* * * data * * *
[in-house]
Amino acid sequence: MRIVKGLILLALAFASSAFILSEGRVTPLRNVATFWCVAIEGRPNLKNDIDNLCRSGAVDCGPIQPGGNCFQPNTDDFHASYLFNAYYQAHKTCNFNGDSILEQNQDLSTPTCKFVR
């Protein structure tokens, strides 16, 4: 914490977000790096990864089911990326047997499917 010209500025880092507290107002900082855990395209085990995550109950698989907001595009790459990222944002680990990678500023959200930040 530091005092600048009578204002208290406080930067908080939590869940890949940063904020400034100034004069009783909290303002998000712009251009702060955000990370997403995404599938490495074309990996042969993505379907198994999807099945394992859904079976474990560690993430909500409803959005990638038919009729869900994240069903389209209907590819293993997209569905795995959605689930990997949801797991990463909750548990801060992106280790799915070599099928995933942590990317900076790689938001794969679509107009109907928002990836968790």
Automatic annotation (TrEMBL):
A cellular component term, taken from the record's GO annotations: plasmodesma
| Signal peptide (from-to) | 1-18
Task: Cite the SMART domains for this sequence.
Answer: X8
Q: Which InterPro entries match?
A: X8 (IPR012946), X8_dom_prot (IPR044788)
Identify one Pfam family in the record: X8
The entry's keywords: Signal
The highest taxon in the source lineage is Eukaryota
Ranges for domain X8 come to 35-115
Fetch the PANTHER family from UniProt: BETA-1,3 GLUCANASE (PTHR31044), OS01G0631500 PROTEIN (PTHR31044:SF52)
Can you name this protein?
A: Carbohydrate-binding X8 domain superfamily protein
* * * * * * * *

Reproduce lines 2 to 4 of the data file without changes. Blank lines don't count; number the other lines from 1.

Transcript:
Amino acid sequence: MRIVKGLILLALAFASSAFILSEGRVTPLRNVATFWCVAIEGRPNLKNDIDNLCRSGAVDCGPIQPGGNCFQPNTDDFHASYLFNAYYQAHKTCNFNGDSILEQNQDLSTPTCKFVR
């Protein structure tokens, strides 16, 4: 914490977000790096990864089911990326047997499917 010209500025880092507290107002900082855990395209085990995550109950698989907001595009790459990222944002680990990678500023959200930040 530091005092600048009578204002208290406080930067908080939590869940890949940063904020400034100034004069009783909290303002998000712009251009702060955000990370997403995404599938490495074309990996042969993505379907198994999807099945394992859904079976474990560690993430909500409803959005990638038919009729869900994240069903389209209907590819293993997209569905795995959605689930990997949801797991990463909750548990801060992106280790799915070599099928995933942590990317900076790689938001794969679509107009109907928002990836968790």
Automatic annotation (TrEMBL):